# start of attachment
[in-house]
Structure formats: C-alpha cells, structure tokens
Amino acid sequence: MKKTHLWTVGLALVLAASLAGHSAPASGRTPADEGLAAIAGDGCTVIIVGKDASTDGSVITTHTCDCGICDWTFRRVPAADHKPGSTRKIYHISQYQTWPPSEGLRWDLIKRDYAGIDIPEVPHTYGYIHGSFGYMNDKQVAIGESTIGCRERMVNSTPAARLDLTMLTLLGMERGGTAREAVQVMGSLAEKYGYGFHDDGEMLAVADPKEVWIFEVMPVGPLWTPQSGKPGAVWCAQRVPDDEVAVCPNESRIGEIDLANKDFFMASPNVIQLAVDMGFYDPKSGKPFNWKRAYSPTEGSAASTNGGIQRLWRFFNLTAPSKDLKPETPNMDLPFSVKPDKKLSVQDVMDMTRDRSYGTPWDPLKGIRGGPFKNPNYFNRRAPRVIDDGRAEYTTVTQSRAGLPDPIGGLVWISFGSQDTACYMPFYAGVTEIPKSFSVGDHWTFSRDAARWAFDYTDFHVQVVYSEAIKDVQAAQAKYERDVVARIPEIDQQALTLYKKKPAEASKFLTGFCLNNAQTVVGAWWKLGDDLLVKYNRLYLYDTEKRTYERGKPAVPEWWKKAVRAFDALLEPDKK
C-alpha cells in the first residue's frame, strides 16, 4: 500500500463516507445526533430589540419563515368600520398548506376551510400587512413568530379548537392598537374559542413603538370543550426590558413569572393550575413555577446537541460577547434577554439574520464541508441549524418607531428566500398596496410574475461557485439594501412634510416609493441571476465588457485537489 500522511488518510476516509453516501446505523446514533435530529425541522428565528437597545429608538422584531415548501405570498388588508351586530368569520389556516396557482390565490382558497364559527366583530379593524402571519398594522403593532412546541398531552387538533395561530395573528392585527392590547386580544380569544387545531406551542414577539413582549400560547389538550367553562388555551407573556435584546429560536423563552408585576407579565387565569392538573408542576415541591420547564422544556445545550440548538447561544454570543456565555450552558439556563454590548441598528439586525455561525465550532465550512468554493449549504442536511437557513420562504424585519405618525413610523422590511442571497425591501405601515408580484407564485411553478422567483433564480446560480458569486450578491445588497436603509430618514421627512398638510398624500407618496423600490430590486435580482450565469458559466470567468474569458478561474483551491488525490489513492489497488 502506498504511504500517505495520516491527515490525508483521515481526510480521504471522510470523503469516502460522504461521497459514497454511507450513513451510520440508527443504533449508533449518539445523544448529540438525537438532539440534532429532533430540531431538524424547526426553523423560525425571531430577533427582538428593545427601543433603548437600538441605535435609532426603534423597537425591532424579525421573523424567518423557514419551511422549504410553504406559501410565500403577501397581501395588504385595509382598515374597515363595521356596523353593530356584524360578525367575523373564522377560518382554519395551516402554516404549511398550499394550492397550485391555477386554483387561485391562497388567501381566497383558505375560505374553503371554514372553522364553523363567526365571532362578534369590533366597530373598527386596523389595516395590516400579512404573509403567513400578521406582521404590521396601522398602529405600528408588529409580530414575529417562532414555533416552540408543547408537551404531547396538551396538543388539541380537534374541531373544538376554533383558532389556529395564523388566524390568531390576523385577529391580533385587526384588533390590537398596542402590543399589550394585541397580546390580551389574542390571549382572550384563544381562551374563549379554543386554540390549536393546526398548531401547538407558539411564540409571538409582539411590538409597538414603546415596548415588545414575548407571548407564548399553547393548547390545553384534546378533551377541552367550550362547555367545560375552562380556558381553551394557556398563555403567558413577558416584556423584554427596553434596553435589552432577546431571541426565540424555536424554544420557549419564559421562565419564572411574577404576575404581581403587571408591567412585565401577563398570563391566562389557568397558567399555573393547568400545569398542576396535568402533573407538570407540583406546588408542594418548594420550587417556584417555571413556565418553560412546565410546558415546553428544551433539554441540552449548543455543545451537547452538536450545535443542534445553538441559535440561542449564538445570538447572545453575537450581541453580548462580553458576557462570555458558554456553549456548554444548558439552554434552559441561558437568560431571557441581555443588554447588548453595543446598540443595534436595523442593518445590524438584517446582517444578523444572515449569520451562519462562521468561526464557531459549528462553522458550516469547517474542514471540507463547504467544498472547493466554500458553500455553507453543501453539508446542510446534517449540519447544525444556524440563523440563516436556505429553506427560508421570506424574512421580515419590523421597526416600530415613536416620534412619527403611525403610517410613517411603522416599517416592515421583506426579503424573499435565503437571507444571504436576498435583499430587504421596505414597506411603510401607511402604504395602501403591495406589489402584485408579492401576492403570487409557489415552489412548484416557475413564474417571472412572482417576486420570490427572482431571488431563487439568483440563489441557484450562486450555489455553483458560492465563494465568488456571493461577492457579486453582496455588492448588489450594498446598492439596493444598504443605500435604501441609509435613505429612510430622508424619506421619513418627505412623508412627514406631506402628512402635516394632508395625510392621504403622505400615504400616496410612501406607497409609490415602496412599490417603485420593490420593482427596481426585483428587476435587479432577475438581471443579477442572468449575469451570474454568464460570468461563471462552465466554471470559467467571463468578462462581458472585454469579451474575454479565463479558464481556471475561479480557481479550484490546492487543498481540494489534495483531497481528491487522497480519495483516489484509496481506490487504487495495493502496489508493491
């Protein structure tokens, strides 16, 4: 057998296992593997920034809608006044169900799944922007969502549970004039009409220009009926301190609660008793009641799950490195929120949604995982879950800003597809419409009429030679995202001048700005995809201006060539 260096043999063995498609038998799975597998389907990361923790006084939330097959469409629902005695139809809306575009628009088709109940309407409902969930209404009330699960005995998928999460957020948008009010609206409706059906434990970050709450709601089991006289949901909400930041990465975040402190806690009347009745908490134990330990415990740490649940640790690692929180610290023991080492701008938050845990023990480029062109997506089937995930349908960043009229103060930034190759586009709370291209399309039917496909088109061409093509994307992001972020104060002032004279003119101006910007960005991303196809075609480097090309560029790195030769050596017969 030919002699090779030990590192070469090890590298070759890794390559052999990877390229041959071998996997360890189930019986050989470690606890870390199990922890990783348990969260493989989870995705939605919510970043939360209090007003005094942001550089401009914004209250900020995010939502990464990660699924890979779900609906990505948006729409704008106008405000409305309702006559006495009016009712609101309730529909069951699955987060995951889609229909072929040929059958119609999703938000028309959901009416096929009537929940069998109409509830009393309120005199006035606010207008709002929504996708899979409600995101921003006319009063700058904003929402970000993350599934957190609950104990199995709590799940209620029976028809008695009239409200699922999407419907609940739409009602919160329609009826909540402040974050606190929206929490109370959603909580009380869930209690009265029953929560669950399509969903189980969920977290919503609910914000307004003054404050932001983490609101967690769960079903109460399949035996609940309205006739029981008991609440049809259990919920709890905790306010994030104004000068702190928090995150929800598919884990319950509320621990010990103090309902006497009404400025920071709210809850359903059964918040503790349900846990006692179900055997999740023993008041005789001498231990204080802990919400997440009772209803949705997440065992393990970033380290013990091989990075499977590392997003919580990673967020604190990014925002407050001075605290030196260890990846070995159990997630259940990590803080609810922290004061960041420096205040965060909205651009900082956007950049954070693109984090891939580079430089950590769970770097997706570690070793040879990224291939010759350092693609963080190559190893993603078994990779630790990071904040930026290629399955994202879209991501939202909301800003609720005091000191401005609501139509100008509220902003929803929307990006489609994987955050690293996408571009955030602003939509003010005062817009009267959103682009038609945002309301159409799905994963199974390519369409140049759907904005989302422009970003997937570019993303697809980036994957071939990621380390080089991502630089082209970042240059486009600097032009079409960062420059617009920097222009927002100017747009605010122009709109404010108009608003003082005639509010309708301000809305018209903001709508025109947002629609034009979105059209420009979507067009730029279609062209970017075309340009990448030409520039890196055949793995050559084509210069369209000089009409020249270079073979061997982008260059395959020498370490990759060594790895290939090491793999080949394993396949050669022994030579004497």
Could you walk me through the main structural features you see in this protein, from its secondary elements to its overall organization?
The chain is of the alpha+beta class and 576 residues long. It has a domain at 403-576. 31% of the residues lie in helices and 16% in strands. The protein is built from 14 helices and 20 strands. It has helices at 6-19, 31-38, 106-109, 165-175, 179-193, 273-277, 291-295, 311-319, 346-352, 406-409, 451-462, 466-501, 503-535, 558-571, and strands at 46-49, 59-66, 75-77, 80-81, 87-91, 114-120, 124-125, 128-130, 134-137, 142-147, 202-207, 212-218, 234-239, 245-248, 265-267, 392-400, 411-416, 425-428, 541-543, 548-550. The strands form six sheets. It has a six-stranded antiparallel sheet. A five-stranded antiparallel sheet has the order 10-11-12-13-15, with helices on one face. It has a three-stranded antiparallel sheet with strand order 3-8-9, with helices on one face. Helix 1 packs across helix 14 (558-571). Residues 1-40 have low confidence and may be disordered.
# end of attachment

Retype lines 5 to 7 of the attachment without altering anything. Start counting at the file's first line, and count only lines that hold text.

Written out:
């Protein structure tokens, strides 16, 4: 057998296992593997920034809608006044169900799944922007969502549970004039009409220009009926301190609660008793009641799950490195929120949604995982879950800003597809419409009429030679995202001048700005995809201006060539 260096043999063995498609038998799975597998389907990361923790006084939330097959469409629902005695139809809306575009628009088709109940309407409902969930209404009330699960005995998928999460957020948008009010609206409706059906434990970050709450709601089991006289949901909400930041990465975040402190806690009347009745908490134990330990415990740490649940640790690692929180610290023991080492701008938050845990023990480029062109997506089937995930349908960043009229103060930034190759586009709370291209399309039917496909088109061409093509994307992001972020104060002032004279003119101006910007960005991303196809075609480097090309560029790195030769050596017969 030919002699090779030990590192070469090890590298070759890794390559052999990877390229041959071998996997360890189930019986050989470690606890870390199990922890990783348990969260493989989870995705939605919510970043939360209090007003005094942001550089401009914004209250900020995010939502990464990660699924890979779900609906990505948006729409704008106008405000409305309702006559006495009016009712609101309730529909069951699955987060995951889609229909072929040929059958119609999703938000028309959901009416096929009537929940069998109409509830009393309120005199006035606010207008709002929504996708899979409600995101921003006319009063700058904003929402970000993350599934957190609950104990199995709590799940209620029976028809008695009239409200699922999407419907609940739409009602919160329609009826909540402040974050606190929206929490109370959603909580009380869930209690009265029953929560669950399509969903189980969920977290919503609910914000307004003054404050932001983490609101967690769960079903109460399949035996609940309205006739029981008991609440049809259990919920709890905790306010994030104004000068702190928090995150929800598919884990319950509320621990010990103090309902006497009404400025920071709210809850359903059964918040503790349900846990006692179900055997999740023993008041005789001498231990204080802990919400997440009772209803949705997440065992393990970033380290013990091989990075499977590392997003919580990673967020604190990014925002407050001075605290030196260890990846070995159990997630259940990590803080609810922290004061960041420096205040965060909205651009900082956007950049954070693109984090891939580079430089950590769970770097997706570690070793040879990224291939010759350092693609963080190559190893993603078994990779630790990071904040930026290629399955994202879209991501939202909301800003609720005091000191401005609501139509100008509220902003929803929307990006489609994987955050690293996408571009955030602003939509003010005062817009009267959103682009038609945002309301159409799905994963199974390519369409140049759907904005989302422009970003997937570019993303697809980036994957071939990621380390080089991502630089082209970042240059486009600097032009079409960062420059617009920097222009927002100017747009605010122009709109404010108009608003003082005639509010309708301000809305018209903001709508025109947002629609034009979105059209420009979507067009730029279609062209970017075309340009990448030409520039890196055949793995050559084509210069369209000089009409020249270079073979061997982008260059395959020498370490990759060594790895290939090491793999080949394993396949050669022994030579004497």
Could you walk me through the main structural features you see in this protein, from its secondary elements to its overall organization?
The chain is of the alpha+beta class and 576 residues long. It has a domain at 403-576. 31% of the residues lie in helices and 16% in strands. The protein is built from 14 helices and 20 strands. It has helices at 6-19, 31-38, 106-109, 165-175, 179-193, 273-277, 291-295, 311-319, 346-352, 406-409, 451-462, 466-501, 503-535, 558-571, and strands at 46-49, 59-66, 75-77, 80-81, 87-91, 114-120, 124-125, 128-130, 134-137, 142-147, 202-207, 212-218, 234-239, 245-248, 265-267, 392-400, 411-416, 425-428, 541-543, 548-550. The strands form six sheets. It has a six-stranded antiparallel sheet. A five-stranded antiparallel sheet has the order 10-11-12-13-15, with helices on one face. It has a three-stranded antiparallel sheet with strand order 3-8-9, with helices on one face. Helix 1 packs across helix 14 (558-571). Residues 1-40 have low confidence and may be disordered.